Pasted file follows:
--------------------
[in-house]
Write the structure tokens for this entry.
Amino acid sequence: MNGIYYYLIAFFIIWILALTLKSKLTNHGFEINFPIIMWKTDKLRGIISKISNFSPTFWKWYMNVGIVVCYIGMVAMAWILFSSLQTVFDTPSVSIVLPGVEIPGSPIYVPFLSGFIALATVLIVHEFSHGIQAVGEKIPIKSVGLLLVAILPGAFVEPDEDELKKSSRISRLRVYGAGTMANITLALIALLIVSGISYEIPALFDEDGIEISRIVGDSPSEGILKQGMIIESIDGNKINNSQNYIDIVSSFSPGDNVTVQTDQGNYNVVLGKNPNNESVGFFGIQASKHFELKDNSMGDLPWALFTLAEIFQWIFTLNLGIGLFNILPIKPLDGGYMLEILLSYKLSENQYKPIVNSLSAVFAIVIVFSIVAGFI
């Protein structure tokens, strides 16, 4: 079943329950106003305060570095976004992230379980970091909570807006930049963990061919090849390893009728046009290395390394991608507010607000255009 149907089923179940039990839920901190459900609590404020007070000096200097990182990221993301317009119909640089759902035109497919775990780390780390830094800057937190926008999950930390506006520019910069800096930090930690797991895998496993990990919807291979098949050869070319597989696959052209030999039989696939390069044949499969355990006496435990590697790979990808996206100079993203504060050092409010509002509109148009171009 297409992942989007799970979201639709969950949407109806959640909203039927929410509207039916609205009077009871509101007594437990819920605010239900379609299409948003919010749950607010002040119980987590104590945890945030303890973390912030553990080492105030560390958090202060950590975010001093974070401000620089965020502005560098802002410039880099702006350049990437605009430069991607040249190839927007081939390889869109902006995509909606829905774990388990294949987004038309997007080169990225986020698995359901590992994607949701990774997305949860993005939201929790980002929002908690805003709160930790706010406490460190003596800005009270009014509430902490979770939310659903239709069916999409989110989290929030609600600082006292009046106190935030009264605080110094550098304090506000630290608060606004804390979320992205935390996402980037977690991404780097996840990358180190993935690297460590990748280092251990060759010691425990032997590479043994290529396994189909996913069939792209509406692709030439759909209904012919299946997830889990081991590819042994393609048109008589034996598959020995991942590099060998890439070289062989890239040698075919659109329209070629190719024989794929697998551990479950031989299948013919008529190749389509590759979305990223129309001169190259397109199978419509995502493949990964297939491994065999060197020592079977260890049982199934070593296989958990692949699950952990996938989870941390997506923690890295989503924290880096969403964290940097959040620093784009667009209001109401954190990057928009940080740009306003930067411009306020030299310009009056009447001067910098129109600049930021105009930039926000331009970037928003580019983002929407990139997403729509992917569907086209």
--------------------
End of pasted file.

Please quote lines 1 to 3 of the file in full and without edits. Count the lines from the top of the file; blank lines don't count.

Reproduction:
[in-house]
Write the structure tokens for this entry.
Amino acid sequence: MNGIYYYLIAFFIIWILALTLKSKLTNHGFEINFPIIMWKTDKLRGIISKISNFSPTFWKWYMNVGIVVCYIGMVAMAWILFSSLQTVFDTPSVSIVLPGVEIPGSPIYVPFLSGFIALATVLIVHEFSHGIQAVGEKIPIKSVGLLLVAILPGAFVEPDEDELKKSSRISRLRVYGAGTMANITLALIALLIVSGISYEIPALFDEDGIEISRIVGDSPSEGILKQGMIIESIDGNKINNSQNYIDIVSSFSPGDNVTVQTDQGNYNVVLGKNPNNESVGFFGIQASKHFELKDNSMGDLPWALFTLAEIFQWIFTLNLGIGLFNILPIKPLDGGYMLEILLSYKLSENQYKPIVNSLSAVFAIVIVFSIVAGFI